“Remember not the sins of my youth…” Vs. 7 The psalmist gives voice to a prayer with which many of us can identify. As a life-long sinner, I know, that the sins of my youth are as near as yesterday and will be just as near tomorrow. I need to be taught again and again in the way of the Lord. I need instruction daily on the Lord’s steadfast love and mercy. Thank God that I have a preacher to put such a word in my ears as he delivers Jesus Christ crucified and him alone. All the paths of the Lord are gathered into Jesus as the one and exclusive way (cf. Jn. 14:6).
Psalm 25 stands in the great tradition of Psalms 1, 19, and 119 in their desire… their prayer… for instruction. Like those psalms, this psalm also uses a variety of synonyms for teaching, e. g. make, lead, instruct, etc. Here the psalmist, as with all other sinners, desires to live solely from the Word of God. It is the only source of his (or their) life. To be found heeding some other word is to be put to shame and to give cause for your enemies to exult over you (vs. 2).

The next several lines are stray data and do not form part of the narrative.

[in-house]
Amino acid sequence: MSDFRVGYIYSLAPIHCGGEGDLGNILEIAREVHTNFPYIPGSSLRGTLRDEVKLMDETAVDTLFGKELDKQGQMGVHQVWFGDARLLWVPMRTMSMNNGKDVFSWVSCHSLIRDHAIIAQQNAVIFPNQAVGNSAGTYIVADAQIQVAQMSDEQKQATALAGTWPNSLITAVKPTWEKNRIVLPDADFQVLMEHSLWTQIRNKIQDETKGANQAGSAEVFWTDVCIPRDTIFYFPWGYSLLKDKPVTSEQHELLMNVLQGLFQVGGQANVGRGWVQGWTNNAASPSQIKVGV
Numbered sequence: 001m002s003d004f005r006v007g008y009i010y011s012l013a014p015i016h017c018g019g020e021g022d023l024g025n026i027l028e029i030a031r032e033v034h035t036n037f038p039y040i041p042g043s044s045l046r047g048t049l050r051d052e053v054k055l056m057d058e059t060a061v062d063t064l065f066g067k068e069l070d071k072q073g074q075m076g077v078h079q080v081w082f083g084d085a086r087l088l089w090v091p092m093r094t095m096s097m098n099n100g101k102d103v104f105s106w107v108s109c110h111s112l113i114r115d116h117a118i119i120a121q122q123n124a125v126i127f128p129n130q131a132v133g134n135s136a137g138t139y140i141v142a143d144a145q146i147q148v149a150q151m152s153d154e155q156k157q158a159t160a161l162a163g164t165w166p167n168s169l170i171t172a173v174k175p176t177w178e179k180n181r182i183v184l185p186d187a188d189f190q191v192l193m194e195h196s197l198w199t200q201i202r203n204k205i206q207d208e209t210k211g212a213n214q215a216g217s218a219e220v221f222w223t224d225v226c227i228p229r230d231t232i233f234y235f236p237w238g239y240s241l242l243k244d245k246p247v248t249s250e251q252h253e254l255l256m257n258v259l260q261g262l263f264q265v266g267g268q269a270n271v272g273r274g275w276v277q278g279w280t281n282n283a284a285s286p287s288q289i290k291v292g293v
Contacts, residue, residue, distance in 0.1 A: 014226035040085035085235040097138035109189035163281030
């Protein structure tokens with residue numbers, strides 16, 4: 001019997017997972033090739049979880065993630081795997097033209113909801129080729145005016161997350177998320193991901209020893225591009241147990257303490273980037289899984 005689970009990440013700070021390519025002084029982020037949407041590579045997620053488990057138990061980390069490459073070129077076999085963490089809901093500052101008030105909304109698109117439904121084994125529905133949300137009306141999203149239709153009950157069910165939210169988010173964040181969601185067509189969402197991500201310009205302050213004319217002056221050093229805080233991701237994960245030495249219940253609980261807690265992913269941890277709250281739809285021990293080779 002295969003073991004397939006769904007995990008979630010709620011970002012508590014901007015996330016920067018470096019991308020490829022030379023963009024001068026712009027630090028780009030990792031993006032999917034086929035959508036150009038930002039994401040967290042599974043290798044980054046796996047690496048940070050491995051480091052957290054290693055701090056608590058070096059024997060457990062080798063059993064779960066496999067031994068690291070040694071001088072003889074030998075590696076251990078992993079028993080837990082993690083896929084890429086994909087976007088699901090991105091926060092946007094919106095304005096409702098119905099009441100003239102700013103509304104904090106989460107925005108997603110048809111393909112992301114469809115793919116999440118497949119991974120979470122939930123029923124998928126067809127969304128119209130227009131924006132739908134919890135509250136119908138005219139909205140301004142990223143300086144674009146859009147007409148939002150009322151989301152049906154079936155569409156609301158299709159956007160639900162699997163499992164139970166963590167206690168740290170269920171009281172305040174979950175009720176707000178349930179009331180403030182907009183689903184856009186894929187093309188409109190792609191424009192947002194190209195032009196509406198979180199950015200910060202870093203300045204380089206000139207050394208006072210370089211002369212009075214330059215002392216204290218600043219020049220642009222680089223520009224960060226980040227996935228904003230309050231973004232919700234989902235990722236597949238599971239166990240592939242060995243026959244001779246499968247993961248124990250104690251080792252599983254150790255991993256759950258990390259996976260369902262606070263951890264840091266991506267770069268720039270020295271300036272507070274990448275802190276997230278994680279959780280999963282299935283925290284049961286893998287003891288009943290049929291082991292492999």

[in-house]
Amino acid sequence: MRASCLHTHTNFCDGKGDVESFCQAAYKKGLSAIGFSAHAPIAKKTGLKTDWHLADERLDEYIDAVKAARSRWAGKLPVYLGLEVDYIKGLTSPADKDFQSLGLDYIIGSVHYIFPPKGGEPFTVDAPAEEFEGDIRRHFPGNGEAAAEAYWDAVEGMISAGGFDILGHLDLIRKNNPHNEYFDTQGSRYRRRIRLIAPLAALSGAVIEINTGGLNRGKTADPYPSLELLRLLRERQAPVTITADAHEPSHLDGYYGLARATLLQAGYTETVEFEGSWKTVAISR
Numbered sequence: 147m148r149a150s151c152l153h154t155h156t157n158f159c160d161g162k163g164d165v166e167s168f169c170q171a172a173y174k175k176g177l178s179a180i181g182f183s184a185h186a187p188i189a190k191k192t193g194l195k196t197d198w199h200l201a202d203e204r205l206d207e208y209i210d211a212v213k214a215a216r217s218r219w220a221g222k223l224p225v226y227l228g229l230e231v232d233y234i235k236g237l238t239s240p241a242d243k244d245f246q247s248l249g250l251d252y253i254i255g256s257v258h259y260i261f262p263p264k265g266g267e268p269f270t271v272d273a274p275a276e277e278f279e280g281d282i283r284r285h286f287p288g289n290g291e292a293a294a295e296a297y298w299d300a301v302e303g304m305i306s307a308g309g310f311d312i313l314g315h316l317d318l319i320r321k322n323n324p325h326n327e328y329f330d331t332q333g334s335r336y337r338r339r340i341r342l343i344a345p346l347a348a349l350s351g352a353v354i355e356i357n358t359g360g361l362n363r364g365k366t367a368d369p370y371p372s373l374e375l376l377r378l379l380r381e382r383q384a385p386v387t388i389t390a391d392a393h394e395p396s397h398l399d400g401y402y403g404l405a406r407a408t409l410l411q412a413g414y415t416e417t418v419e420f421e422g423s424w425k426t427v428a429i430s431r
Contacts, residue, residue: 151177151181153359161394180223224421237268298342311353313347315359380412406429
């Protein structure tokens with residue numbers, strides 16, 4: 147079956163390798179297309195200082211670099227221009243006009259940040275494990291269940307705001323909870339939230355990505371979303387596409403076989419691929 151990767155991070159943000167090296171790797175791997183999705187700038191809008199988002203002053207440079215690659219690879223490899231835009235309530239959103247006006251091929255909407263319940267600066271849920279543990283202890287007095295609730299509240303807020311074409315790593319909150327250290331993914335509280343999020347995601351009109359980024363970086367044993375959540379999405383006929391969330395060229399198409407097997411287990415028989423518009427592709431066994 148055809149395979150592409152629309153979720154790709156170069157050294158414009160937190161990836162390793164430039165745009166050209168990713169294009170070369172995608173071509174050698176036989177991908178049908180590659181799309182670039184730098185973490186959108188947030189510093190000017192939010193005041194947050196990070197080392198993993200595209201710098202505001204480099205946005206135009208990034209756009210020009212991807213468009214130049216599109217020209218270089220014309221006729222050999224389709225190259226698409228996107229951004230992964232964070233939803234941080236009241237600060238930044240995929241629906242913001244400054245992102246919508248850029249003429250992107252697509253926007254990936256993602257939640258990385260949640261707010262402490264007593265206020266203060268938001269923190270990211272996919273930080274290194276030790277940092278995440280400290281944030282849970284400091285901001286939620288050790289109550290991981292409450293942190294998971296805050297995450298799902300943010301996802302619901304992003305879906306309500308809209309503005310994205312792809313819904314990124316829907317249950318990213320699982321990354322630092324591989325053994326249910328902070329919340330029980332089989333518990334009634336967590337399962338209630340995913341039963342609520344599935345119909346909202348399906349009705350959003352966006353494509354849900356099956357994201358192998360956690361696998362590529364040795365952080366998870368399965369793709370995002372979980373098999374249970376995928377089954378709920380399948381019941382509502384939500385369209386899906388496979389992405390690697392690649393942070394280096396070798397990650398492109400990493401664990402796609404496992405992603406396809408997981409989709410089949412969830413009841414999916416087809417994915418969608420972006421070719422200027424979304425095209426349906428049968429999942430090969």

As a life-long sinner, I am relieved to know that the Lord’s mercy and steadfast love predate my life of sin, for “they have been of old” (vs. 6) and they will outlast all my sin. Preaching, prayer, and the affliction-which-attends-those-who-live-from-God’s-Word (and not some other word), are the three rules named by Luther which form theologians. Hearing God’s Word drives you to prayer as you struggle to believe your Lord’s promise in the face of all evidence to the contrary.
Table Talk: How has Jesus gathered up “all the paths of the Lord?”
Pray: Heavenly Father, keep your way ever before me that I may know Christ, and him alone. Amen
Written by Rev. Timothy J. Swenson, Dean of Chapel for the Institute of Lutheran Theology